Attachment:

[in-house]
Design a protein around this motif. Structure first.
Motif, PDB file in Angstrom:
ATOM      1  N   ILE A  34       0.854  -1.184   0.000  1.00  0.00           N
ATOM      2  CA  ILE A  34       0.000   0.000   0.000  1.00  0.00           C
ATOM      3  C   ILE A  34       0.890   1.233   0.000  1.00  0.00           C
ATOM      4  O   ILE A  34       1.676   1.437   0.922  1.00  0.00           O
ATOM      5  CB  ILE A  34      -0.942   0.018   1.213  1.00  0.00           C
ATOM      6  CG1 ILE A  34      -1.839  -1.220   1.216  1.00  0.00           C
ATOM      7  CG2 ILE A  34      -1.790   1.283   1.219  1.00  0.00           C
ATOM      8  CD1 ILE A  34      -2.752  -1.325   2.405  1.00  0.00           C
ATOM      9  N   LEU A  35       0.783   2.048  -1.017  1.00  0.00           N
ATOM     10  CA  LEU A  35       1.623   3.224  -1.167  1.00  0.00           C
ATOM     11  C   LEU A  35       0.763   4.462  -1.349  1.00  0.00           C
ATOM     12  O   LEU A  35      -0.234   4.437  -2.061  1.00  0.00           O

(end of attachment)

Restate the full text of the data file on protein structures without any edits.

[in-house]
Design a protein around this motif. Structure first.
Motif, PDB file in Angstrom:
ATOM      1  N   ILE A  34       0.854  -1.184   0.000  1.00  0.00           N
ATOM      2  CA  ILE A  34       0.000   0.000   0.000  1.00  0.00           C
ATOM      3  C   ILE A  34       0.890   1.233   0.000  1.00  0.00           C
ATOM      4  O   ILE A  34       1.676   1.437   0.922  1.00  0.00           O
ATOM      5  CB  ILE A  34      -0.942   0.018   1.213  1.00  0.00           C
ATOM      6  CG1 ILE A  34      -1.839  -1.220   1.216  1.00  0.00           C
ATOM      7  CG2 ILE A  34      -1.790   1.283   1.219  1.00  0.00           C
ATOM      8  CD1 ILE A  34      -2.752  -1.325   2.405  1.00  0.00           C
ATOM      9  N   LEU A  35       0.783   2.048  -1.017  1.00  0.00           N
ATOM     10  CA  LEU A  35       1.623   3.224  -1.167  1.00  0.00           C
ATOM     11  C   LEU A  35       0.763   4.462  -1.349  1.00  0.00           C
ATOM     12  O   LEU A  35      -0.234   4.437  -2.061  1.00  0.00           O